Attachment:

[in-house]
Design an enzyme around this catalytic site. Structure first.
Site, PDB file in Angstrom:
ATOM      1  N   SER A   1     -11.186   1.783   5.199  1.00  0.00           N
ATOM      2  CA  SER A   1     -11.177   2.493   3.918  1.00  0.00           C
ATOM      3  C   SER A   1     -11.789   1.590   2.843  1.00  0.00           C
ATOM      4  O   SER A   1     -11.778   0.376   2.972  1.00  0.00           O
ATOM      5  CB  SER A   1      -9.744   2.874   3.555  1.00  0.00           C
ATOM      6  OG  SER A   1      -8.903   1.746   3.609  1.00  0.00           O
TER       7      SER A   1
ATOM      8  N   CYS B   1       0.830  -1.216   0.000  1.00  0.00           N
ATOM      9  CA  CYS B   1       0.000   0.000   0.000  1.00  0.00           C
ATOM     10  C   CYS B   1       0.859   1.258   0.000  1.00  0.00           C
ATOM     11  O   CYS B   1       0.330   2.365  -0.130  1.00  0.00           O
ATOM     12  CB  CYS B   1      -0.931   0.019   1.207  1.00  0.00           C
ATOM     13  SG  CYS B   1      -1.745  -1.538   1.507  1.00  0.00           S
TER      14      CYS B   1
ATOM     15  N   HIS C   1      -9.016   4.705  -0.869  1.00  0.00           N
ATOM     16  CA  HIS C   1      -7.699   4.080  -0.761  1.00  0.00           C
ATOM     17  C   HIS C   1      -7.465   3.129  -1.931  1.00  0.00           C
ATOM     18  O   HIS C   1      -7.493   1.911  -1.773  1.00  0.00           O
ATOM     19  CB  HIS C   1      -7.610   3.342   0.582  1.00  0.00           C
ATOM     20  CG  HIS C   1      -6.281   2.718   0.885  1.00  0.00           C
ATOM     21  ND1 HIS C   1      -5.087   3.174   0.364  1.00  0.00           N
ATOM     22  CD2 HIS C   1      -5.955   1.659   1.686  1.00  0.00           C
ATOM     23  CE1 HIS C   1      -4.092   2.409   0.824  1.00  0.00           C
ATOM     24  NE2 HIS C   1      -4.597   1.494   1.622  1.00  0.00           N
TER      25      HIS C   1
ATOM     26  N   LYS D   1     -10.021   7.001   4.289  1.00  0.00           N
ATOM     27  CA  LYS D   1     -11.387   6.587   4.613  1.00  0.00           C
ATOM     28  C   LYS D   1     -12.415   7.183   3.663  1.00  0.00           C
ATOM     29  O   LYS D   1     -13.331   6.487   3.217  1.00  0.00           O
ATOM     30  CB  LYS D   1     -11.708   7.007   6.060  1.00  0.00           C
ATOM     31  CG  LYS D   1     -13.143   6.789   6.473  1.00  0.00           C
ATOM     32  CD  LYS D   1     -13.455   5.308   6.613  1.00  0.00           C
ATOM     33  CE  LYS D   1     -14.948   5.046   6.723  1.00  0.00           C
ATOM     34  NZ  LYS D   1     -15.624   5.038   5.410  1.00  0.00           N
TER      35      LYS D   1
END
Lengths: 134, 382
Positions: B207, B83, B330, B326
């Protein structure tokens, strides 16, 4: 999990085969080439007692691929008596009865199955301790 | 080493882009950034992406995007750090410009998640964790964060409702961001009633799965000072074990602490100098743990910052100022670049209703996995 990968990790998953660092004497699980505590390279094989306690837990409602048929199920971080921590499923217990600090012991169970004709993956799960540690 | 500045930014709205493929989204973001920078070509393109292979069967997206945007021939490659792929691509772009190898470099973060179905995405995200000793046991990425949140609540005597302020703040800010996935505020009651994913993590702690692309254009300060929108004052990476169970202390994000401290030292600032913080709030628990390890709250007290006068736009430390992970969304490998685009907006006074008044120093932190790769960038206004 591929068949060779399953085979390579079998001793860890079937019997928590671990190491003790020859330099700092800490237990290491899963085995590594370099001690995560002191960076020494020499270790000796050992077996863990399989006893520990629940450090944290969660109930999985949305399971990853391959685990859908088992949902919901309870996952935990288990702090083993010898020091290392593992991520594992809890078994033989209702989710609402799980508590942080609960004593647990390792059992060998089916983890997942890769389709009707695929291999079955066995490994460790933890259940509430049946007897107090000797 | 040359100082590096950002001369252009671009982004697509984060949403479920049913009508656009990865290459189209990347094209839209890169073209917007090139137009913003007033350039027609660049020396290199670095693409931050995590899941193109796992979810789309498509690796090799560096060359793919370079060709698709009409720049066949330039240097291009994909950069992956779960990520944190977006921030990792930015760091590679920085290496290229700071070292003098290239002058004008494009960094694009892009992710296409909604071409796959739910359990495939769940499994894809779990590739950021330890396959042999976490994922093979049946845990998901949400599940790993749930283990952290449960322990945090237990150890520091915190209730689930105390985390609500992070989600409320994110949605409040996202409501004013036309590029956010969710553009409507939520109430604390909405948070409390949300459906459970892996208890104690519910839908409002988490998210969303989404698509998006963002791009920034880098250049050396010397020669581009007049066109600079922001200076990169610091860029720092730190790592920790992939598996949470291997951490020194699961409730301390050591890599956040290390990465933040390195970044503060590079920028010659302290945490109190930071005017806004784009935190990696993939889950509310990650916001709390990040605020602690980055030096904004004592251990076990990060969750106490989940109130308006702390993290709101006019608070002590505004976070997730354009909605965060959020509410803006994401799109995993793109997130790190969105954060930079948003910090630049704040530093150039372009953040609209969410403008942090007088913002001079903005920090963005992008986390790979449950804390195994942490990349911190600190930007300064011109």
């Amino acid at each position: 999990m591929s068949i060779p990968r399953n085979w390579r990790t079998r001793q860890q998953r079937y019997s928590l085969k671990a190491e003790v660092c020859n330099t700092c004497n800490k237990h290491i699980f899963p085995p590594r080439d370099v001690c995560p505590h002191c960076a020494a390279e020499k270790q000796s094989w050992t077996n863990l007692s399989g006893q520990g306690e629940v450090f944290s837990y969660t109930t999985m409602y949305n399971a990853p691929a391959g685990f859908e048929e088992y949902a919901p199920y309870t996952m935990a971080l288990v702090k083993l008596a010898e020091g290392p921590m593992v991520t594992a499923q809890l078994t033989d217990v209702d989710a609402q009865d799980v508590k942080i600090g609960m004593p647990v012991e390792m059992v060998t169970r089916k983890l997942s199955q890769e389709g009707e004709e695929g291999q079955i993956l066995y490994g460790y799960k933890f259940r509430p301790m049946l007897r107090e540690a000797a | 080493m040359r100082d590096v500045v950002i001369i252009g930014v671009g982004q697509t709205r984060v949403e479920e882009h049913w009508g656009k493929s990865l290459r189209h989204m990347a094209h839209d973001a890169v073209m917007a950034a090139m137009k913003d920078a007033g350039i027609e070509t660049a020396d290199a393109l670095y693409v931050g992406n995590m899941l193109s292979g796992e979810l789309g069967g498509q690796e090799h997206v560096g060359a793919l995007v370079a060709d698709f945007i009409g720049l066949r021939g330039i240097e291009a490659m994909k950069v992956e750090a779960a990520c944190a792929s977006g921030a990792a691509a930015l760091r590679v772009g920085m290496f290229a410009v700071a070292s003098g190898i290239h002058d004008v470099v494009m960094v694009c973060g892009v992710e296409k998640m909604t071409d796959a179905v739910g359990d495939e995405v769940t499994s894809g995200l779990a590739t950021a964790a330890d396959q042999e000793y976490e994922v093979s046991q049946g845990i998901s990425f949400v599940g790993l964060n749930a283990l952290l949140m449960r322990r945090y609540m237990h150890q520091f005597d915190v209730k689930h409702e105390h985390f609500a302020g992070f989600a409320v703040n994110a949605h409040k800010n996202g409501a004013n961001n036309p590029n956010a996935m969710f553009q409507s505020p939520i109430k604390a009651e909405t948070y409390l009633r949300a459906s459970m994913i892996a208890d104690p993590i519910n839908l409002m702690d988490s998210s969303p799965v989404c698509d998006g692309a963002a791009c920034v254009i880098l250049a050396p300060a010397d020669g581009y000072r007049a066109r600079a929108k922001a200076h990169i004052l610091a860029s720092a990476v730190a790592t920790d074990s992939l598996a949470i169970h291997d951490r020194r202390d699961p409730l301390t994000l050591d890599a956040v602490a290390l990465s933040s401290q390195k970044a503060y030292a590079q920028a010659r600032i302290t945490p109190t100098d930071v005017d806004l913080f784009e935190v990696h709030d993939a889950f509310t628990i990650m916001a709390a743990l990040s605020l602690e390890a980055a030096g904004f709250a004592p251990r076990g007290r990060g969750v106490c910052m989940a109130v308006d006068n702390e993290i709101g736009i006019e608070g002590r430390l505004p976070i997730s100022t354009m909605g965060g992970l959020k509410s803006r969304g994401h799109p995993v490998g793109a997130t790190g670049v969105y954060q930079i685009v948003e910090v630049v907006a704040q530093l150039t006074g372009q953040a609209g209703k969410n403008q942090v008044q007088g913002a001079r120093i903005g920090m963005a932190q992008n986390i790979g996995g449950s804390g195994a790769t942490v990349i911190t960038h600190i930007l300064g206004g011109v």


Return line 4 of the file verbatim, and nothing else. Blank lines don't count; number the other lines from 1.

ATOM      1  N   SER A   1     -11.186   1.783   5.199  1.00  0.00           N